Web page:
Mexican actor Diego Luna’s directorial debut reviewed by Declan Tan
Here’s one: a heartfelt directorial debut from Mexican actor Diego Luna, about a young boy who has this mental condition where he thinks he’s his dad, so he comes home from the hospital and orders his family about, checks their homework, meets their boyfriends for approval and such like. Sounds funny? It’s alright.
Based on an invented condition, created by some author somewhere, here we have our little Hamlet, Abel (10 year old, Christopher Ruíz-Esparza), who has refused to talk for a worrying amount of time. Namely since his father up and left the family two years previously. But when Abel gets home he masters and wields his silence for parental effect, patriarchal speech making, or to demonstrate tut-tutting disappointment when he assumes said role. His doting mother accepts the condition and tries to convince herself and others that he is better off like this way, rather than a mute, and lets him get on with it. Of course, that is until we have to have a little tension. The father returns, resulting in a comedy-of-manners, dramatic irony style humour with predictably hilarious consequences ensuing.
Strangely, Abel seems to be a film with only a middle, the wispy ending rushed and the opening perhaps deliberately muddled, perhaps in an attempt to manufacture intrigue. But even though it only has one joke, it actually turns out to be quite a sustainable and amusing one, if you’re in the right mood for it. Directed in a kind of paint by numbers, almost unimaginative way, it prefers to focus on story and explore relationships rather than overwhelm with original artistic vision. That might distract.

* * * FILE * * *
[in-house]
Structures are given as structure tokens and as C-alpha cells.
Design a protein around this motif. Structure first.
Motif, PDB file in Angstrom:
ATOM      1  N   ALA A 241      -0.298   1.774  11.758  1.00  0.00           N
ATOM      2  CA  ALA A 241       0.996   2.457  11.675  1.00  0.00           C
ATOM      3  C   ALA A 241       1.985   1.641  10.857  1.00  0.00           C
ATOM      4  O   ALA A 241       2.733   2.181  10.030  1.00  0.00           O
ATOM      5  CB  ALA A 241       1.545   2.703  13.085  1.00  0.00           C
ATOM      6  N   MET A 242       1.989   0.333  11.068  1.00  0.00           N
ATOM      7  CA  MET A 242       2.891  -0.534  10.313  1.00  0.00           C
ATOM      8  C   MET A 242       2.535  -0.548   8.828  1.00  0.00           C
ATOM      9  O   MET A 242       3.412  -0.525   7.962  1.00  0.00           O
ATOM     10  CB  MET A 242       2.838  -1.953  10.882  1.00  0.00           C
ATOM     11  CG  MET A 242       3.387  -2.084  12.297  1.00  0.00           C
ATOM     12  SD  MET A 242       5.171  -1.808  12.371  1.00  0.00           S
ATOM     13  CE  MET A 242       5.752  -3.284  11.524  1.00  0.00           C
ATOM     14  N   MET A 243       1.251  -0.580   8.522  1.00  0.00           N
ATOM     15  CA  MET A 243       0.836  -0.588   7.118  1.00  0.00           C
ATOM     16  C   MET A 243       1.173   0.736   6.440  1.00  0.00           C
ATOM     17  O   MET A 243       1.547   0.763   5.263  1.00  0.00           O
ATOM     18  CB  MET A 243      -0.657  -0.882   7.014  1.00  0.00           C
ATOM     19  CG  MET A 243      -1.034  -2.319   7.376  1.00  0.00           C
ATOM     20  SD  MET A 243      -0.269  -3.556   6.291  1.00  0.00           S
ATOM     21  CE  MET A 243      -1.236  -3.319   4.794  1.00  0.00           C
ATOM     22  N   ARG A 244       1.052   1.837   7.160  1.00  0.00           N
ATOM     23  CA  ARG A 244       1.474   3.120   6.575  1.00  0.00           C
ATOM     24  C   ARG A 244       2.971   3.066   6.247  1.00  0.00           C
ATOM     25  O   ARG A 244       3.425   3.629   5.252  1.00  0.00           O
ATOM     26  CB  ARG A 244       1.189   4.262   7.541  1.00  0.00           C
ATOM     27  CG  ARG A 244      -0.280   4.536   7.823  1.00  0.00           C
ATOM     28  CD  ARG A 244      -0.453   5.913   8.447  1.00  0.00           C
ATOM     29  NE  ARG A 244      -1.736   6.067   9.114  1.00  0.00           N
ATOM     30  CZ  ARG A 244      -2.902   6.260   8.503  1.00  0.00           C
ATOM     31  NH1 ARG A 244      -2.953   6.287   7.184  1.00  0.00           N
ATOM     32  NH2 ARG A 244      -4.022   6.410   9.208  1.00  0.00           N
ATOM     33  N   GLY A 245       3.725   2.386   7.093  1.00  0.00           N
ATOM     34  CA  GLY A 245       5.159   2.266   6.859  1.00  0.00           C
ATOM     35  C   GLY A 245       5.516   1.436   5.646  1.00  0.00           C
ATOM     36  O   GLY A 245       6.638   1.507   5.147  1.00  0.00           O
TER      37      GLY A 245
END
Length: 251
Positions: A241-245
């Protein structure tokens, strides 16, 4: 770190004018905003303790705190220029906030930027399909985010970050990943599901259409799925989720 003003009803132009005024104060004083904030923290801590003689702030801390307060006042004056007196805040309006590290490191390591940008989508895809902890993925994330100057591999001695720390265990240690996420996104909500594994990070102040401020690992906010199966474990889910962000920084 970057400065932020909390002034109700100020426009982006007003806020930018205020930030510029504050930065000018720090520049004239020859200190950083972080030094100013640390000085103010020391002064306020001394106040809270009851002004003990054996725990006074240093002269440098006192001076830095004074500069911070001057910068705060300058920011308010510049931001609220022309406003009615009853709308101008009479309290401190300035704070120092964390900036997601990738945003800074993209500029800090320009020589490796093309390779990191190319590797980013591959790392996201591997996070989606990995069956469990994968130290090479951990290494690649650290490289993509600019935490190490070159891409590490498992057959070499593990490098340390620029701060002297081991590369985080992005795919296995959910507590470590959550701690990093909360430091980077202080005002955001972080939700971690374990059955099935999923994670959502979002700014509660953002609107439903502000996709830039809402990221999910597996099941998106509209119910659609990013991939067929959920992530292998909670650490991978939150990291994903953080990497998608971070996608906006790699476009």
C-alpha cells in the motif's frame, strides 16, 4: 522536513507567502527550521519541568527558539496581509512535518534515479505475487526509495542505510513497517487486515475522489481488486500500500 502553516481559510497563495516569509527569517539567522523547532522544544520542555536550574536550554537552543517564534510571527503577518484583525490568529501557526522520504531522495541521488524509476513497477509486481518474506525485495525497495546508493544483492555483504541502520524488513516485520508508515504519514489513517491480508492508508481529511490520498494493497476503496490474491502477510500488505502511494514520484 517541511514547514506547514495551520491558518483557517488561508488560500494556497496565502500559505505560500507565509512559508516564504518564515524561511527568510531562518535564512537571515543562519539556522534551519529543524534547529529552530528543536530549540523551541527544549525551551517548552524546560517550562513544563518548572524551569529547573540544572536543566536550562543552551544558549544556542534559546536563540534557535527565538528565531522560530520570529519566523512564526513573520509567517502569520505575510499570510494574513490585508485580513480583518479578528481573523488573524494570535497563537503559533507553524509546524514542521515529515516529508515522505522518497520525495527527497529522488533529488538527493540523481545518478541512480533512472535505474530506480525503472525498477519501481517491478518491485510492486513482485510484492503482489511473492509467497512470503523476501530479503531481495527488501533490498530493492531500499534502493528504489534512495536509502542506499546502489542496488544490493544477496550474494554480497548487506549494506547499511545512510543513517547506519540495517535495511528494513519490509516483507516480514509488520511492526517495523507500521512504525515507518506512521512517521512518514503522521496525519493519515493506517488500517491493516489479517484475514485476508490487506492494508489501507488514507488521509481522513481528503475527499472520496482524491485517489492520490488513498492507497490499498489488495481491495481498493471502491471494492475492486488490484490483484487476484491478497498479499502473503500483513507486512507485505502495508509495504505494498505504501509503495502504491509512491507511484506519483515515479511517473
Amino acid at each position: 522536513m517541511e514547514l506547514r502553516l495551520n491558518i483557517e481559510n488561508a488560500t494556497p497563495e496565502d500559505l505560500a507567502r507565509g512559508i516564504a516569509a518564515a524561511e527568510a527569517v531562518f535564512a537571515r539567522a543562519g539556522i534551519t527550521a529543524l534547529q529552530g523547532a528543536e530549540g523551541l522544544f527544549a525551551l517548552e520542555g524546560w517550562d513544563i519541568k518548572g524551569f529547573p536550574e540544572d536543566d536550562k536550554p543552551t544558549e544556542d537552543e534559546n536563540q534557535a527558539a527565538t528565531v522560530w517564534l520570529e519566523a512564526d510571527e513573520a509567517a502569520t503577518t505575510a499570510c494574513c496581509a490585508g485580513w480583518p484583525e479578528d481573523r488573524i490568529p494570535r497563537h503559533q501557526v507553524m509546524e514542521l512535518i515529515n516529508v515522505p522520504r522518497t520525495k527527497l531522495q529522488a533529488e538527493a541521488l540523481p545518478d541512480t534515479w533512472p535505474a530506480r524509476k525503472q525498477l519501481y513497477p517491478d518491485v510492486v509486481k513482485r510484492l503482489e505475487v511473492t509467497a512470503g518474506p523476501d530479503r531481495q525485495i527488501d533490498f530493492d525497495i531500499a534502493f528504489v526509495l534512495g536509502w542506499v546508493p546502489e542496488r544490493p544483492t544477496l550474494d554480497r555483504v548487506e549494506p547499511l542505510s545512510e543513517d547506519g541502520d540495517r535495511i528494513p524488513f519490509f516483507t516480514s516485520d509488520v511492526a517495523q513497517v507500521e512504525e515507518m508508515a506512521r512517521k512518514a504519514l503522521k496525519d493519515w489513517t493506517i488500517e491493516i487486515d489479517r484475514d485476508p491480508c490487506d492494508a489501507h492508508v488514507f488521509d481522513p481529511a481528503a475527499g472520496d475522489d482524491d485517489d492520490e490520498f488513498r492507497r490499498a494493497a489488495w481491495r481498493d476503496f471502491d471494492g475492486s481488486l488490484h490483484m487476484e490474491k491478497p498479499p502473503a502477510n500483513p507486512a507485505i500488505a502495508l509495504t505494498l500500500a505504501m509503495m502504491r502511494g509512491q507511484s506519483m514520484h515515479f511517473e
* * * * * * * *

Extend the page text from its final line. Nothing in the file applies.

Even though it’s actually a bit pointless, doesn’t really say anything interesting about the familial relationship, and drags a little towards the end of its short stay, like that little fellow who thinks he’s his pa, it has its moments assuming the role of a touching and affecting comedy.
What stops it from being elevated to a better-than-average piece of storytelling, is the intrusive music that burps into your unsuspecting ear almost interminably. Luna seems to be afraid of silence now that his mini protagonist has broken his, but that doesn’t seem to be a point he’s making. What it does seem like is that the unfortunate Hollywood influence of trying to make a populist hit has taken hold, where quiet is seen as boring, and silence is seen as unprofessional, leaving us no time to think.
So Luna is not as concerned with the boy’s psychology, which is refreshing, instead he is “focussed on the story to tell instead, more concerned with relationships and how they can play out”. We’ll give him that. And a round of applause for newcomer Christopher Ruíz-Esparza. It would be rude not to.